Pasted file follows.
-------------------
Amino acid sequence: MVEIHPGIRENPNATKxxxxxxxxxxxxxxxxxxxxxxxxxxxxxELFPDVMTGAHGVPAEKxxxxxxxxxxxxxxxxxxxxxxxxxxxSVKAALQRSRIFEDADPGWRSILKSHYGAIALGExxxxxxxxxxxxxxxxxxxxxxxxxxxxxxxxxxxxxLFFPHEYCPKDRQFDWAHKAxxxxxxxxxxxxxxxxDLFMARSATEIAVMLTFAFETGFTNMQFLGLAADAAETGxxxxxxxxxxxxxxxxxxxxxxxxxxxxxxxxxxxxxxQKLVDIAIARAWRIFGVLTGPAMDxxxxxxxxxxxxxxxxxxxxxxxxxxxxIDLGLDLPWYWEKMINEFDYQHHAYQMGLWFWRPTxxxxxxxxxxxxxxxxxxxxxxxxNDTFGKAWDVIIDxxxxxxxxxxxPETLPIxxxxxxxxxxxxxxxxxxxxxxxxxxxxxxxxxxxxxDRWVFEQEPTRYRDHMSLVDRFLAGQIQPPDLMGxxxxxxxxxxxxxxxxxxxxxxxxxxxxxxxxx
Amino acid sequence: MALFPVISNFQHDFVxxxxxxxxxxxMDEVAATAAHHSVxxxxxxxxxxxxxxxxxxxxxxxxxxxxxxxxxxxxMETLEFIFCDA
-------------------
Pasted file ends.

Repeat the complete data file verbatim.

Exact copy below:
Amino acid sequence: MVEIHPGIRENPNATKxxxxxxxxxxxxxxxxxxxxxxxxxxxxxELFPDVMTGAHGVPAEKxxxxxxxxxxxxxxxxxxxxxxxxxxxSVKAALQRSRIFEDADPGWRSILKSHYGAIALGExxxxxxxxxxxxxxxxxxxxxxxxxxxxxxxxxxxxxLFFPHEYCPKDRQFDWAHKAxxxxxxxxxxxxxxxxDLFMARSATEIAVMLTFAFETGFTNMQFLGLAADAAETGxxxxxxxxxxxxxxxxxxxxxxxxxxxxxxxxxxxxxxQKLVDIAIARAWRIFGVLTGPAMDxxxxxxxxxxxxxxxxxxxxxxxxxxxxIDLGLDLPWYWEKMINEFDYQHHAYQMGLWFWRPTxxxxxxxxxxxxxxxxxxxxxxxxNDTFGKAWDVIIDxxxxxxxxxxxPETLPIxxxxxxxxxxxxxxxxxxxxxxxxxxxxxxxxxxxxxDRWVFEQEPTRYRDHMSLVDRFLAGQIQPPDLMGxxxxxxxxxxxxxxxxxxxxxxxxxxxxxxxxx
Amino acid sequence: MALFPVISNFQHDFVxxxxxxxxxxxMDEVAATAAHHSVxxxxxxxxxxxxxxxxxxxxxxxxxxxxxxxxxxxxMETLEFIFCDA